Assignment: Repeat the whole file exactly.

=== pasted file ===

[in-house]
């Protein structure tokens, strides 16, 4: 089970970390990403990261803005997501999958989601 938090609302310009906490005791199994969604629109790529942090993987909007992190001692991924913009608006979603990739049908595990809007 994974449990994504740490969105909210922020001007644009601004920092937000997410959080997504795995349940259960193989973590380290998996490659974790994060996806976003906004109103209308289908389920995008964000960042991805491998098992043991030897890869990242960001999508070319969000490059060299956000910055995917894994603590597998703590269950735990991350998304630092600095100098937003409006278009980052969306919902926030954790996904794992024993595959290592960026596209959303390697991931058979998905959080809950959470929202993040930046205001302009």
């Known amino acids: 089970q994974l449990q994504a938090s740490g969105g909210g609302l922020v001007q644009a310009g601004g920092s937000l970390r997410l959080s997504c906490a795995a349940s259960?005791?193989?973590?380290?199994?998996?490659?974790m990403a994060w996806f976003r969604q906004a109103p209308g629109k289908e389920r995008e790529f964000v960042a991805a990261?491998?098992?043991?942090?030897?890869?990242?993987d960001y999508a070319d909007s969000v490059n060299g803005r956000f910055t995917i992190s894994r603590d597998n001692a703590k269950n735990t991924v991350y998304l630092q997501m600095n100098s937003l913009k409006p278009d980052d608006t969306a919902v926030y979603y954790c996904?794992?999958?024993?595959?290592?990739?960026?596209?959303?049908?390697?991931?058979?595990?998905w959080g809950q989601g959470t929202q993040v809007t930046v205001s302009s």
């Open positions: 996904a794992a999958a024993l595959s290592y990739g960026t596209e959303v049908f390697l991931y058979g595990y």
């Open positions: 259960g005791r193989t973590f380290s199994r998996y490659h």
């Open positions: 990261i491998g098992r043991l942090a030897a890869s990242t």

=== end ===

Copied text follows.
[in-house]
């Protein structure tokens, strides 16, 4: 089970970390990403990261803005997501999958989601 938090609302310009906490005791199994969604629109790529942090993987909007992190001692991924913009608006979603990739049908595990809007 994974449990994504740490969105909210922020001007644009601004920092937000997410959080997504795995349940259960193989973590380290998996490659974790994060996806976003906004109103209308289908389920995008964000960042991805491998098992043991030897890869990242960001999508070319969000490059060299956000910055995917894994603590597998703590269950735990991350998304630092600095100098937003409006278009980052969306919902926030954790996904794992024993595959290592960026596209959303390697991931058979998905959080809950959470929202993040930046205001302009």
């Known amino acids: 089970q994974l449990q994504a938090s740490g969105g909210g609302l922020v001007q644009a310009g601004g920092s937000l970390r997410l959080s997504c906490a795995a349940s259960?005791?193989?973590?380290?199994?998996?490659?974790m990403a994060w996806f976003r969604q906004a109103p209308g629109k289908e389920r995008e790529f964000v960042a991805a990261?491998?098992?043991?942090?030897?890869?990242?993987d960001y999508a070319d909007s969000v490059n060299g803005r956000f910055t995917i992190s894994r603590d597998n001692a703590k269950n735990t991924v991350y998304l630092q997501m600095n100098s937003l913009k409006p278009d980052d608006t969306a919902v926030y979603y954790c996904?794992?999958?024993?595959?290592?990739?960026?596209?959303?049908?390697?991931?058979?595990?998905w959080g809950q989601g959470t929202q993040v809007t930046v205001s302009s």
């Open positions: 996904a794992a999958a024993l595959s290592y990739g960026t596209e959303v049908f390697l991931y058979g595990y």
């Open positions: 259960g005791r193989t973590f380290s199994r998996y490659h």
């Open positions: 990261i491998g098992r043991l942090a030897a890869s990242t």